It's the story of the fall of and . But it's also the story of the rise of a rabbi and a pastor to help each other when in need.
On the eve of Rosh Hashanah in 2011, and on to the pews below as Congregation Beth Elohim's members were getting ready to fill the pews of Old First’s main sanctuary on Seventh Avenue.
The congregation of Jews was worshipping in the Protestant church because Congregation Beth Elohim's ceiling in their sanctuary on Eighth Avenue and Garfield Place fell in 2009. Pastor Daniel Meeter of Old First told Rabbi Andy Bachman that he should bring his worshippers over to his holy place.
And now, with Old First's ceiling still in disrepair in its main sanctuary at Carroll Street, Bachman told Meeter, his long-time friend, that Old First’s members could worship Easter Sunday (and next Christmas) in their main synagogue.
Some may think this is a story of two faiths whose main beliefs (Old First believes that Jesus Christ is the savior and CBE believes that he is not) are inherently at odds and they are coming together despite their differences. But the rabbi and the pastor don’t see it that way. They think their tit-for-tat hospitality is just another chapter in their book of friendship.
“We help each other, that’s what friends do—we reach out to friends in need," Rabbi Bachman said. “It sounds simple, but people are so moved by this story between friends. It’s wonderful, but to us it’s a normal course of events between people who care for one another.”
Old First is one of three churches that were founded on the same day in 1654, making it one of the oldest congregations in Brooklyn. Its original site was in Downtown Brooklyn, near Macy’s. The current location in Park Slope was built in 1891.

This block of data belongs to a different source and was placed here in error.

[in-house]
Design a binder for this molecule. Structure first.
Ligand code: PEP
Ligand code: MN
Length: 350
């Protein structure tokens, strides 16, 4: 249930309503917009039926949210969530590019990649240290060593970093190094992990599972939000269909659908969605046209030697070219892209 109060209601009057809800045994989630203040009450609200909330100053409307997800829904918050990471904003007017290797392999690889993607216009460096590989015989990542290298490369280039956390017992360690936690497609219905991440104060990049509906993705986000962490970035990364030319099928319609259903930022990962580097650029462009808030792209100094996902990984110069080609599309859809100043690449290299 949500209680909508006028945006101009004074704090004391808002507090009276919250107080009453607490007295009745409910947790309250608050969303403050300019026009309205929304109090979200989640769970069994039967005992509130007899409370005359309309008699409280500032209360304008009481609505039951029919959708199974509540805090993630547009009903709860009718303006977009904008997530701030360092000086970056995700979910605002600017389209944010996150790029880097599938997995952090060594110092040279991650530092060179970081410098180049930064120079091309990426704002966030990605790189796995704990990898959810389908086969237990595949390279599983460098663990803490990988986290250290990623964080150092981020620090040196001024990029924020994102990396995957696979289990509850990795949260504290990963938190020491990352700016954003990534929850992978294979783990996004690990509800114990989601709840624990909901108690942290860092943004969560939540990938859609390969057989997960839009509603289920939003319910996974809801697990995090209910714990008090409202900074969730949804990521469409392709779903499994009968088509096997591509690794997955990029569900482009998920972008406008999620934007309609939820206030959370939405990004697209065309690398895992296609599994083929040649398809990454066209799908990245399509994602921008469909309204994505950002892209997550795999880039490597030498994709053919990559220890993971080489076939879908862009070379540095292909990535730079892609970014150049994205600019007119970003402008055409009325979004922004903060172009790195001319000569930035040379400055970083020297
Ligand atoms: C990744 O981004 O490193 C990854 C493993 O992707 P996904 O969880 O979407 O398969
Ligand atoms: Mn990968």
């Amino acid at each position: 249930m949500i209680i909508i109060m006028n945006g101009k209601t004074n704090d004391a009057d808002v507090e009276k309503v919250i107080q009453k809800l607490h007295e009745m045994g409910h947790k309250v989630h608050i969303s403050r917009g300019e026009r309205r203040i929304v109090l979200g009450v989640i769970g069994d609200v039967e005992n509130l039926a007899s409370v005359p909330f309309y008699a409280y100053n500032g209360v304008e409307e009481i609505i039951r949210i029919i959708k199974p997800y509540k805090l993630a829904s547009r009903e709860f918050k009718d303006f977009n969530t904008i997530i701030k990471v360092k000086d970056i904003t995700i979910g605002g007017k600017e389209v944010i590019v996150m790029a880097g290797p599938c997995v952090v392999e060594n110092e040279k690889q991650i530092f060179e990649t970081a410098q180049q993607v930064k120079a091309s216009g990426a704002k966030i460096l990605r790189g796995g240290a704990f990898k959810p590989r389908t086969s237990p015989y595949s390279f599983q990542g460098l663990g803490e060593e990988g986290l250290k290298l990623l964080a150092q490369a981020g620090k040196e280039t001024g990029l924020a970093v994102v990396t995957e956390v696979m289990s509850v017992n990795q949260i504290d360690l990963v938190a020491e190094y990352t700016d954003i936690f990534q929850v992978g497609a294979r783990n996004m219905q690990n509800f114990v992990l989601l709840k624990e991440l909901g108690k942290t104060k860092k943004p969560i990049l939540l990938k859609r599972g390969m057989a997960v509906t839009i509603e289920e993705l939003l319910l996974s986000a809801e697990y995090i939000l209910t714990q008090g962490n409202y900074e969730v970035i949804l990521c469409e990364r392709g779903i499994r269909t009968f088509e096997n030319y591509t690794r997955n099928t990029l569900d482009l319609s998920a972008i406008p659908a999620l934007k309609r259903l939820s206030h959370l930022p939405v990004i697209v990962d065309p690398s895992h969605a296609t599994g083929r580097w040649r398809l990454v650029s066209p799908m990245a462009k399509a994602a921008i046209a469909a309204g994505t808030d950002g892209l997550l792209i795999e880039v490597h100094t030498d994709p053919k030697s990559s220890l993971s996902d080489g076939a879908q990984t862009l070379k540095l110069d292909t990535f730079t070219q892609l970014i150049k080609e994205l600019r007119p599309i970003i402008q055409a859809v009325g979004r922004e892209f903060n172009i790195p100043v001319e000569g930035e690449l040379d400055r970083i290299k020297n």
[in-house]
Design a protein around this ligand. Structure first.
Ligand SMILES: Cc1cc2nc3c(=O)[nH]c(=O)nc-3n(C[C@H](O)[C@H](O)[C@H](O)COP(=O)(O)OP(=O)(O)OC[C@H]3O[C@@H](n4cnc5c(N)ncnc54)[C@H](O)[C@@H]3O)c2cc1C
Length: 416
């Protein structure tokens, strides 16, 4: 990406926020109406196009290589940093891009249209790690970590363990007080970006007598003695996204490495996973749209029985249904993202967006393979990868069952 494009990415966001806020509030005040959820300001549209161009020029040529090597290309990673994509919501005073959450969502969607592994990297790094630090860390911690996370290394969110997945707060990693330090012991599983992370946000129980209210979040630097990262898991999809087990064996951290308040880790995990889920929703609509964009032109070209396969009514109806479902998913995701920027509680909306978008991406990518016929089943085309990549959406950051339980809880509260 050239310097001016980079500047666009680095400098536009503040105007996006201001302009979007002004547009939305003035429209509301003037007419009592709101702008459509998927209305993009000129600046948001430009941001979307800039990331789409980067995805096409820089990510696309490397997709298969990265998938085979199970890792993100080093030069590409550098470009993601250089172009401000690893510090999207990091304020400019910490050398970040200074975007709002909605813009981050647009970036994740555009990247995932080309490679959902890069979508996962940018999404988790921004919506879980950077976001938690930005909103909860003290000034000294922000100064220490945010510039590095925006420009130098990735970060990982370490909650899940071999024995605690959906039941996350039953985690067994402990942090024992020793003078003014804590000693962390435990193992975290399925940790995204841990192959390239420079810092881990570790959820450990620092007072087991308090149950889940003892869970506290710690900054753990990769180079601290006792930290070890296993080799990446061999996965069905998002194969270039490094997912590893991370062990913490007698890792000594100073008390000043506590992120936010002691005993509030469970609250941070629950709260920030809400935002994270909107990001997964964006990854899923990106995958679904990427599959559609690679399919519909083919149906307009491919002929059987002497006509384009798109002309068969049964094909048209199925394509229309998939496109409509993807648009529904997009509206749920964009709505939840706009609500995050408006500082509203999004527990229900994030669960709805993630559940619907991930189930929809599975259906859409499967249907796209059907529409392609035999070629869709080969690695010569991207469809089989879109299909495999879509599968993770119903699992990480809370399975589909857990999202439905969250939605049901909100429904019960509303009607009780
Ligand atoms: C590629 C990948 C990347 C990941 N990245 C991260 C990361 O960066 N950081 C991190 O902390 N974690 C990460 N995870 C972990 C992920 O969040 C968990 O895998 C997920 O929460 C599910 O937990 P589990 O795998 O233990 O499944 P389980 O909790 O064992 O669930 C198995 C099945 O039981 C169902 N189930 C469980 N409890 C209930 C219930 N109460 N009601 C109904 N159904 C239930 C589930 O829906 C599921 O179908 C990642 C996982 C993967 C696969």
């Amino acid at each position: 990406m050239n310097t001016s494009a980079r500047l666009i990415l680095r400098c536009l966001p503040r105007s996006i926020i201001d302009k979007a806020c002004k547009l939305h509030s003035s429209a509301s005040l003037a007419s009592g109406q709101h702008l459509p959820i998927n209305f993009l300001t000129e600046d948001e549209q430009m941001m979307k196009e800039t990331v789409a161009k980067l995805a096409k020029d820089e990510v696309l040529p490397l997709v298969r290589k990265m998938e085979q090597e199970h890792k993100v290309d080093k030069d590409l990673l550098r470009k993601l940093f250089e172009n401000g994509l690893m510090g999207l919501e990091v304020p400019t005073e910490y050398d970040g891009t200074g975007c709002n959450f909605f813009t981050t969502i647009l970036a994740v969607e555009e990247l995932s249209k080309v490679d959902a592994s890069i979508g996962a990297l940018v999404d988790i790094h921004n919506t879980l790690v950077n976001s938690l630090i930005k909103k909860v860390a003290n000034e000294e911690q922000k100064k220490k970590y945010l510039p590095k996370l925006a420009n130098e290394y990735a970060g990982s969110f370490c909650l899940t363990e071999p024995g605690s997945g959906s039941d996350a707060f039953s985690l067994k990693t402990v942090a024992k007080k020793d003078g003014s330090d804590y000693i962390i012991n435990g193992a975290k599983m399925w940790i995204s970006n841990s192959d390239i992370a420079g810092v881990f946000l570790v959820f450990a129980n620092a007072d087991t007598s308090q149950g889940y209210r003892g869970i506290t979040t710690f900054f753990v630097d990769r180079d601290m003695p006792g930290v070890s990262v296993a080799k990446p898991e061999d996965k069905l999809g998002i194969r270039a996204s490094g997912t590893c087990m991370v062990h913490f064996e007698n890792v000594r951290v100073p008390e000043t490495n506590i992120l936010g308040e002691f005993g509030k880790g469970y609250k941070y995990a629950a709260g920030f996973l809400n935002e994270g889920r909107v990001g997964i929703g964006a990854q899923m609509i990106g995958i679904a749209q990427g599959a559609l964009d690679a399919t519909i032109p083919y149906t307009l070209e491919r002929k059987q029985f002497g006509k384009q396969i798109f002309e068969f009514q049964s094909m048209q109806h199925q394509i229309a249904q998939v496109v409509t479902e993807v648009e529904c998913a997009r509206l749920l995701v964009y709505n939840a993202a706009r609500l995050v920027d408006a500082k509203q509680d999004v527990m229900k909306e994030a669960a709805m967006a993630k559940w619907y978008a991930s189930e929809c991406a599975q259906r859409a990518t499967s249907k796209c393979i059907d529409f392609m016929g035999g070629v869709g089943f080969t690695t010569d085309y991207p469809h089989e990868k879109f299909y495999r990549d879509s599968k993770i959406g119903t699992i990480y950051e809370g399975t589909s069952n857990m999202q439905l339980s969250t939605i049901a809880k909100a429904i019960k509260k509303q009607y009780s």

CBE used Old First for its Yom Kippur service in 2009, all high holidays in 2010, and its last holiday at Old First, when the ceiling collapsed, was the eve of Rosh Hashanah in 2011—the last service celebrated there to date.
The cast ribbed plaster, which is now on display in the pulpit in the main sanctuary, is heavy and old and fell right in the center of the sanctuary from above the massive chandelier 15 minutes before Rabbi Bachman started his Rosh Hashanah eve service in the Protestant church.
The service was delayed for 30 minutes while they moved the plaster pieces, inspected the ceiling and moved the center pews.
"Those suckers were heavy!” Pastor Meeter exclaimed as he looked up to the ceiling in his sanctuary on Thursday. “Thank God no one got hurt."
Meeter said that construction has not yet begun, for they just found an engineer who was capable to repair the ceiling. He said that the repairs will cost any where from a half a million dollars to $800,000 and will be completed by Easter 2013 or Easter 2014. Until then, they will celebrate their high holidays at CBE.
The disasters have actually made two unlikely congregations (in most instances) join as friends and fellow human beings under God.
"It's not like Andy and I planned this to force further collaboration, we aren't perverse enough to have planned this,” Meeter said with a smile. “But it all comes down to how you react to disaster."
Meeter is expecting about 300 people to gather for Easter Sunday at CBE, but he did admit that he has no idea what the move to a synagogue will mean to his members.
“People may not feel as joyful while celebrating in a synagogue as we do,” Pastor Meeter said. “But I am not going to judge anyone on Easter.”
Meeter said this Easter Sunday at CBE is going to be extra special.
“We realized that it is bringing us new gifts in our worship service. It’ll have special features, hearing Psalms and prophets the way Jesus heard them,” Meeter said. “It occurred to us that for the first time Jesus will feel more at home than we do.”
He explained that Jesus was a Jew, so it is in fact appropriate to hold a service celebrating the day He rose from the dead, after being crucified on Good Friday.
"It's ironic, we are having our most sacred service in their most sacred space," Meeter added, explaining that a cantor from CBE will be singing Isaiah during the service. “They will be putting us more in touch with Jesus.”
Regardless of the irony, the two disasters and the friendship between a neighborhood rabbi and a pastor, Meeter is more grateful to have a place to worship than anything.
“We have always felt that Beth Elohim has a special gift for hospitality. But they have gone the extra mile,” Meeter said. “We are not in their school, or gym, they are letting us worship our way in their sanctuary. I call this a transcendence step of hospitality.”